I’ll start with my “racism pedigree”. I’m a black, Nigeria living, Nigerian man. I get discriminated against online and offline. I have been called NIGGER in UK while taking a stroll in Birmingham; been kicked out of a bar (Mervyn’s Umai Sushi Restaurant & Lounge) in Mountain View, “just because”.
For now, I’ll skip the experience of white folks moving seats in buses/trains, the extra shopping “helpers” when I visit the malls, the frightened looks of white faces when I enter lifts, being singled out to prove I’m in the right place etc.
Yet another black man, Gorge Floyd, has been executed by the US Police (ably represented by Derek Chauvin) for the crime of being black. I had initially taken my typical selfish and cowardly approach to these painful killings by not watching the video or reading too much about the story to spare myself the mental anguish that usually comes with it. I decided not to vest myself too emotionally as we know the usual sequence that at the very BEST, it ends with a couple of years behind bars if the Police assassins are even charged in the first place.
But I’ve decided to write this.
[My first exposure to American police executing black men was Amadou Diallo]
George Floyd’s killing is the third of the May trifecta of the black skin being seen and treated as danger. First it was Ahmaud Aubery who was executed while jogging, then Amy Cooper putting out a hit on Christian Cooper (definitely no relation of hers).
Of the three perpetrators in the crimes against those men, the one that scared me the most, wasn’t the white militia that gunned down Ahmaudu, or the Police Executioner that brutally murdered George, but Amy Cooper.
Watching the video of that encounter was bloody chilling. Because we were given a rare behind the scenes of “before” that ends in the “after” that gets covered in the news.
It was a brutal Emmett Tillesque move
Why would Amy, the innocent looking, dog loving, liberal professing, “ally” scare me more than the actual killers, who look like models for a white supremacist magazine?
“Lord, protect me from my friends; I can take care of my enemies”Voltaire.
This prayer says it all for me.
The Amy Coopers are the ones that set things in motion that end up in black men having to prove that they belong to their homes – if they aren’t unfortunate to get killed in the first place. They are quick to report the suspicious looking lad in the hoodie or neighbourhood. “Amy Cooper” is very key to the equation that ends up with what we see on the internet.
They are so dangerous because although they play a key role of the sustained racial injustice, you just cannot or would not see them.
“I’m gonna tell them there’s an African American man threatening my life”Amy Cooper
The black skin being used as a weapon on destruction.
In this particular instance, Amy Cooper was just foolish enough to be recorded saying the *wink* *wink* word.
Amy Cooper represents those “unknown soldiers” required to keep systemic racism alive, with the twist that they look nothing like danger.
They are the smiling neighbours that when they sit on jury duty, let the police executioner go. They are the journalists that use mugshots for black victims. They are the cashiers that give a nod to the security to follow that suspicious black shopper. They are the people that looked at me and my co-founder Obemde when we were kicked out of the Mountain View Bar (that one pain me no be small). They are critical to the oppression operation, yet you just can’t see them – or you can, only that they look and act like your allies.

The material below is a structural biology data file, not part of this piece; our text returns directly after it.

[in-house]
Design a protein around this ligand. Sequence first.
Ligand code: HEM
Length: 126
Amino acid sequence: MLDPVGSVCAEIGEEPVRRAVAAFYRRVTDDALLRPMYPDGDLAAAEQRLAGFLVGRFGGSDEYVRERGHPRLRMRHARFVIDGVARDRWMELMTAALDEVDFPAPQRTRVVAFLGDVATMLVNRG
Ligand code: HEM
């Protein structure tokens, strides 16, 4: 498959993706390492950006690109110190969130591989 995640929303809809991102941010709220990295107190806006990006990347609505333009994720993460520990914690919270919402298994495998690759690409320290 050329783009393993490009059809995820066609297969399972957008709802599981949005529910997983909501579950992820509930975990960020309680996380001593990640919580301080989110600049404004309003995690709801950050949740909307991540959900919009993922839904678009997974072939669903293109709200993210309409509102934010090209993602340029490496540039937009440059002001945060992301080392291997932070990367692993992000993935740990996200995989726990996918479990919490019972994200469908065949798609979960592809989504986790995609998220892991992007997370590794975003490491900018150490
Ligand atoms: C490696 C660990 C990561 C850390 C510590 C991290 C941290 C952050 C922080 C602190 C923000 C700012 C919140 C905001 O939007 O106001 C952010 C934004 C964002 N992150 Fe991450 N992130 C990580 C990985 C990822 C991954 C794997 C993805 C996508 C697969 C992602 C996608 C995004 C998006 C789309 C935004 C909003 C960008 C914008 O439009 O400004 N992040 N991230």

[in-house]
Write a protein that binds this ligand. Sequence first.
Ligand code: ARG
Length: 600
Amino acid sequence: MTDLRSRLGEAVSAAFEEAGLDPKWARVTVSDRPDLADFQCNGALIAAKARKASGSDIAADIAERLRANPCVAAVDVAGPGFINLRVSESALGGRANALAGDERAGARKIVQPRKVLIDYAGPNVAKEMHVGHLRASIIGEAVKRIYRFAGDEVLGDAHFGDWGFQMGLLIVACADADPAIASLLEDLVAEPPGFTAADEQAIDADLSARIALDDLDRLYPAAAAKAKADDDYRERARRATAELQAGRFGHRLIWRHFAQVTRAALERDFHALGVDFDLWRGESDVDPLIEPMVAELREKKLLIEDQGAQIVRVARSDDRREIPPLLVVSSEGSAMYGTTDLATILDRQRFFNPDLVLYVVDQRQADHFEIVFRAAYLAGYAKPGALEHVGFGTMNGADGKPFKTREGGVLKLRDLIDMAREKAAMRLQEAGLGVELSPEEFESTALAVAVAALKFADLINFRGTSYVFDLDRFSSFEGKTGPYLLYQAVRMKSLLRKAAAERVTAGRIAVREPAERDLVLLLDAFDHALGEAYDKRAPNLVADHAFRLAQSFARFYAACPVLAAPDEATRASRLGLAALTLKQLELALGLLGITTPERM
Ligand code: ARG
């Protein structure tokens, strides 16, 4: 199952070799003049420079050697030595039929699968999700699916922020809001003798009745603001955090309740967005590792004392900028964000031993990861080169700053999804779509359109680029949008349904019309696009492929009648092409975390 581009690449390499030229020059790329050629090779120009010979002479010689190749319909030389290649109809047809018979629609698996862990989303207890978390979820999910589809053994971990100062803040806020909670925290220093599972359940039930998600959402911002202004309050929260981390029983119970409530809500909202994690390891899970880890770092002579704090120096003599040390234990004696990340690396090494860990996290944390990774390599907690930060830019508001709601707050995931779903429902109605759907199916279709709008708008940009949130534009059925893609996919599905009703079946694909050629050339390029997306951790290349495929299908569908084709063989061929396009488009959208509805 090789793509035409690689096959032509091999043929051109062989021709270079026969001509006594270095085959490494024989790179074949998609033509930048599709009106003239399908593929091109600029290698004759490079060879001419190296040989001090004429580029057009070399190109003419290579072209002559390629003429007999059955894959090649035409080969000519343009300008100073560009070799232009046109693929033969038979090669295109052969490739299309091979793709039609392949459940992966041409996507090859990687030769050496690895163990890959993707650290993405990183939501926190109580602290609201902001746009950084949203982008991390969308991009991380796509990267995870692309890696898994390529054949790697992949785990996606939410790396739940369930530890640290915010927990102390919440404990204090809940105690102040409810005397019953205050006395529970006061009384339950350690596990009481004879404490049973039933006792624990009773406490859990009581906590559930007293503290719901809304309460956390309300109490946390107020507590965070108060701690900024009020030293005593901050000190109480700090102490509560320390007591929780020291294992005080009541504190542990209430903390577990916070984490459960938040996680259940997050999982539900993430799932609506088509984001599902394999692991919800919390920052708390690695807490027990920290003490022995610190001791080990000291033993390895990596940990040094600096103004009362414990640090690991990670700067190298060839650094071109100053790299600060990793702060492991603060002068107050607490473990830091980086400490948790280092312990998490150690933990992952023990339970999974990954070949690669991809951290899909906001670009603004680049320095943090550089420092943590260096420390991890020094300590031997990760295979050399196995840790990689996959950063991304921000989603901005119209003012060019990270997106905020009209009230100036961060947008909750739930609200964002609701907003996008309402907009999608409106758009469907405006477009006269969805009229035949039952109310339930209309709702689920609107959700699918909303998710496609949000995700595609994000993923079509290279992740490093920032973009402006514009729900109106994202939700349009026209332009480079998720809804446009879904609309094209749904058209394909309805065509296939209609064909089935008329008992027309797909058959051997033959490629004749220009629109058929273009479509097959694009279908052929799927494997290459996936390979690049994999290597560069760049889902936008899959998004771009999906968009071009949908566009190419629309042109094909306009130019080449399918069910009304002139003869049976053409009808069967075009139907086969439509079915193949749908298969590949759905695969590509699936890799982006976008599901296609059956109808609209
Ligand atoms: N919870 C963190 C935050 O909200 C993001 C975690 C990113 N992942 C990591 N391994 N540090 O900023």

The Derek Chauvins and caught on camera killing Amy Coopers would work to get him a fraudulent autopsy and ensure he gets only a couple of years behind bars at best.
The Dereks can be caught, shamed and hopefully prosecuted or penalized, the Amys? You don’t even see them.
[Side note: Unlike a lot of my black family and friends who think that the issue is all about Trump and voting him out, I differ in the sense that from Trump/Pence – Warren/Sanders and every white politician in-between, I trust absolutely none as a racial ally, and I don’t think any black person should. Enough of the general free passes for those without skin in the game.]
I have a lot of white friends who I certainly trust and can vouch for when it comes to racial issues. Some of them even have black spouses and kids. However, to other black folk that don’t know them, each one of them is a legitimate, potential accomplice just by being. I may say it is analogous to how women in general say they feel fearful against men even those who internally have the purest of hearts
One man’s meat is another man’s poison, they say. One man’s ally is another’s terror, I say.
Should all black people go about their day, suspicious of all the white folks around? Or should all people that were born white go around feeling guilty? Definitely not. But I need all of them to examine the role they and their kind may (unwittingly) play in sustaining this system that oppresses the black (wo)man. Particularly in the United States.
Personally, I try to listen to my white friends perspectives and when I disagree, I do so in a non-combative manner since my intent is to let them learn and not retreat.
On the protests, riots and general destruction
The protests generally just “fuck shit up”. You think it’s not working? Well, those that hope it will be over began putting up statements on the 3rd, 4th, 5th, and 6th day. Day by day, “neutrals” are crawling out.
I think the best solution is to avoid situations that create an environment for them. Stop killing black people, and stop protecting the murderers with state power.
Rest in Peace my fallen brothers and sisters. May your deaths not be in vain.